Frognal Article

Thank you to everyone who participated in the Public Comment session with the County Council yesterday!  Attached is the article from the Herald on the Frognal development, published this morning.

Mr. Lakhani is trying to put the best spin on a bad situation.  It has been over a year since the Alderwood Water and Wastewater District (AWWD) told Frognal developer Lakhani and Merle Ash, owner of the design firm Land Technologies, that their sewer design was not constructible (see attached letter from AWWD’s consultant).  If Frognal has not been able to come up with an engineered sewer design solution acceptable to AWWD in over 1-year, I think it unlikely that they ever will.

The site of the Frognal Estates subdivision while it was being logged in December 2018. (Noah Haglund / Herald file)

Lakhani is technically correct that if he can come up with new financing by July 24th, solve the sanitary sewer design problems, and redesign the project to the current stormwater manual, he could still move forward with the project.  But what lender would want to stake a $10-million bet in this economy on a project that has yet to show it is even feasible to construct?

Likely Lakhani’s comments will be sufficient to freeze any action by the County, until July 24th.  Still, if you feel inclined, a follow up e-mail to the County Council ( requesting a code change to prohibit issuance of Class IV FPA permits and prohibit early clearing of development sites until all other permits have been issued, would be helpful.

Attached is a full copy of the trustee notice that was posted at the site.

The “third-party geotechnical engineer” that Ryan Countryman referred to in the article is likely Associated Earth Sciences (AES), Inc.  AES is the geotechnical designer on the project and are far from being an independent or impartial consultant.  AES is paid for by Lakhani and serves at this beck and call and has a biased stake in the outcome.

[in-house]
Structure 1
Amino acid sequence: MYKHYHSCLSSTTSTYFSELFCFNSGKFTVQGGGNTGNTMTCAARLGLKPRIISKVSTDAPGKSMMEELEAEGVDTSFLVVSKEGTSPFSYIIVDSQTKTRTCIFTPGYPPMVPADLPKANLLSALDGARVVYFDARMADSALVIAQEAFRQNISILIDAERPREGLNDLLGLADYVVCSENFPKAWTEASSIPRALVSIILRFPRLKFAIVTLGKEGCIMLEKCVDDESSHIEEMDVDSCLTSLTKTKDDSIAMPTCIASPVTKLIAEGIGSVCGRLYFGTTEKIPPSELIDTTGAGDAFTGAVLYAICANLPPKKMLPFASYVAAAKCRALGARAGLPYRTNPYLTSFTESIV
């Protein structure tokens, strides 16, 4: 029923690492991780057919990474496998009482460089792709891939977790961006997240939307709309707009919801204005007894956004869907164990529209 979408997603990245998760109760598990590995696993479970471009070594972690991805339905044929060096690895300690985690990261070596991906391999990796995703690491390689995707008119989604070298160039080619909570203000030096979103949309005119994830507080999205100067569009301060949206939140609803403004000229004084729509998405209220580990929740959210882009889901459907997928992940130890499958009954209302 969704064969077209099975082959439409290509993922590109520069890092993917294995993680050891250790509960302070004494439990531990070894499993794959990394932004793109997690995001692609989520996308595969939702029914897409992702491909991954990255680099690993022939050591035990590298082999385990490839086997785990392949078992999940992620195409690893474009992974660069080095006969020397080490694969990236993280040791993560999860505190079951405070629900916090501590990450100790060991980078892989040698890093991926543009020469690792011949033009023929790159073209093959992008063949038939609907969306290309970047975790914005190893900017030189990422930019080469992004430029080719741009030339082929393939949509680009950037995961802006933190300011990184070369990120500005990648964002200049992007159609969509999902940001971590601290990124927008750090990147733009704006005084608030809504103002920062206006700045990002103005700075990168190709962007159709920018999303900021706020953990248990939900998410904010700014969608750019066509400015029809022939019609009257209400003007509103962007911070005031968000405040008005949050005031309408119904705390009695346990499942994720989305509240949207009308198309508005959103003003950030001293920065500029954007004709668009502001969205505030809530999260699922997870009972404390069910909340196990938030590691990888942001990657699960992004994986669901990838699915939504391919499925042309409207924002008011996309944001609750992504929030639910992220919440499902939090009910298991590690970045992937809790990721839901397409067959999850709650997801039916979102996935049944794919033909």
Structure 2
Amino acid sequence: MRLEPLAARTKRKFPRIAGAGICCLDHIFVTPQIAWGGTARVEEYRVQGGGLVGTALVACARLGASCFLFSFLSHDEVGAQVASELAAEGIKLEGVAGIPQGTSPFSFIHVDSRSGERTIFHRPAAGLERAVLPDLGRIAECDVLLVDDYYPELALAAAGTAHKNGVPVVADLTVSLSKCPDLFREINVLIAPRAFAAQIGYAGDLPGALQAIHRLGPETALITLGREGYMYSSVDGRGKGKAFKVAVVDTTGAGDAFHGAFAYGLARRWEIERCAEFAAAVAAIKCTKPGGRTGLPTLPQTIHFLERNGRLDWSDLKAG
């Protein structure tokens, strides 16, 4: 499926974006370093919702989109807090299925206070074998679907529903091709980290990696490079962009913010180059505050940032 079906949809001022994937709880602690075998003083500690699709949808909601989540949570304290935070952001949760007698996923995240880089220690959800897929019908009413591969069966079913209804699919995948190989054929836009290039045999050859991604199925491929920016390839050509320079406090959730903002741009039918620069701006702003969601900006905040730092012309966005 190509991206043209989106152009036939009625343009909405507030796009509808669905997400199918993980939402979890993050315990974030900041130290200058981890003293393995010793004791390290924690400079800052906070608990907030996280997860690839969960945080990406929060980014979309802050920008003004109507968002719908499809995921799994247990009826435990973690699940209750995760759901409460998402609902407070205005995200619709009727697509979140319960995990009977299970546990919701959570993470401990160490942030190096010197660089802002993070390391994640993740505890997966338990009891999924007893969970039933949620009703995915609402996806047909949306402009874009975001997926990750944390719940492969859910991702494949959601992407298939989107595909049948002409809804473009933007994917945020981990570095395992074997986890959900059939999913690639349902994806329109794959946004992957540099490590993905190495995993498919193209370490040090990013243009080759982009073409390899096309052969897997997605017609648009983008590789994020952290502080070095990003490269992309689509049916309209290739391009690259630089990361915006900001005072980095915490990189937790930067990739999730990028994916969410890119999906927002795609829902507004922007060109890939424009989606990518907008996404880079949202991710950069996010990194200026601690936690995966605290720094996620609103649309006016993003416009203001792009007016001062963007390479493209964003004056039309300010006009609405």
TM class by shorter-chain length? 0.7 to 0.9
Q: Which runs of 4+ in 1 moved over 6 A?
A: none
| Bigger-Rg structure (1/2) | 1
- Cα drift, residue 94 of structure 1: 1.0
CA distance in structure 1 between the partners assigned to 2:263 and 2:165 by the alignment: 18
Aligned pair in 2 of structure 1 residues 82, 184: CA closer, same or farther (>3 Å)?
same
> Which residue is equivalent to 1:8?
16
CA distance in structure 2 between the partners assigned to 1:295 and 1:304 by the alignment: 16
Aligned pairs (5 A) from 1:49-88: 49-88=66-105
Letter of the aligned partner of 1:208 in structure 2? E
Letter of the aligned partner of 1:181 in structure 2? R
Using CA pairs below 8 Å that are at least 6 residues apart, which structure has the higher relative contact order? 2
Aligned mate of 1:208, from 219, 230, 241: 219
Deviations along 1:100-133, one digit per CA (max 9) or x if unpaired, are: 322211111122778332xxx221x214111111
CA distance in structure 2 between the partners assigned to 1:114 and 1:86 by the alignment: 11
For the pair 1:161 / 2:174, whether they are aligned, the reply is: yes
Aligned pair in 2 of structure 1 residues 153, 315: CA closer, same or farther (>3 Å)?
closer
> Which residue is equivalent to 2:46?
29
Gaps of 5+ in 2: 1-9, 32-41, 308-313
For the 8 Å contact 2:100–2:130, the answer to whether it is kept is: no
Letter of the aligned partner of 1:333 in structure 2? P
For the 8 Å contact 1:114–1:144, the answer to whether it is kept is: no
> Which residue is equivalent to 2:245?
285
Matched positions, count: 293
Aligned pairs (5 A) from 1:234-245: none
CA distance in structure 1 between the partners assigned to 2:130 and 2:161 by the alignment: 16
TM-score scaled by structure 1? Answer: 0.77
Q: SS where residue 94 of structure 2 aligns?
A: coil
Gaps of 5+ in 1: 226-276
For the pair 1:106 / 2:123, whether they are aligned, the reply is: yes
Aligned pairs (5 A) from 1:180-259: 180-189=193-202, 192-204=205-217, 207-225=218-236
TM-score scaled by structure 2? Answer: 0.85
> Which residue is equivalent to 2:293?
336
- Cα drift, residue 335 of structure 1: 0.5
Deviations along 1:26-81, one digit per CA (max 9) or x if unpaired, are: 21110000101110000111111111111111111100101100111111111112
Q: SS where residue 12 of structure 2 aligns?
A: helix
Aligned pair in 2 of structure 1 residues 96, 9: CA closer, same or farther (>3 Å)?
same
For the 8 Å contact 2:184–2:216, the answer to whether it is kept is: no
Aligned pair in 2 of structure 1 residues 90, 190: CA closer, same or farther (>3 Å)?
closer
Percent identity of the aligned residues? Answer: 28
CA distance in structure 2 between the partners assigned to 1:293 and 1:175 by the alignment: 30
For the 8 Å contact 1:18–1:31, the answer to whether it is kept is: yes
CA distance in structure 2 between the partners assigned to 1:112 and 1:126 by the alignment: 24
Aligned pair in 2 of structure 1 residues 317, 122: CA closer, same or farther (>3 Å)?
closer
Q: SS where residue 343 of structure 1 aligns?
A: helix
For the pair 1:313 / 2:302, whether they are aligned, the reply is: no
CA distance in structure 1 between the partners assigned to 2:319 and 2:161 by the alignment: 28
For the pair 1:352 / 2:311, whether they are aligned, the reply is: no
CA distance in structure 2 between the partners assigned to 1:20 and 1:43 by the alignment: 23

Sno-King Watershed Council will file a public records request with the County for any inspection reports, etc. submitted by the geotech designer.

Given PDS’s rubberstamp approval of the Snow Ridge development and PDS’s failure to identify the landslide hazard created by the Snow Ridge developer, there is low confidence in PDS’s geotechnical abilities to identify an incipient slide, or even more important, take any meaningful mitigation once a slide commences.  Landslides often start slow, before becoming catastrophic failures.  In any event, the site is likely stable for the summer;  but the landslide risk will increase again with next winter’s rains and further decay of the stabilizing tree roots.

Lastly, Countryman is wrong that the land disturbing activity permits are good until 2022.  The project was designed using Ecology’s obsolete 2005 drainage manual and if the project is not graded down to finish grade by June 30, 2020, the project must be redesigned using Snohomish County’s current stormwater manual and a new design submitted, per its Municipal NPDES permit.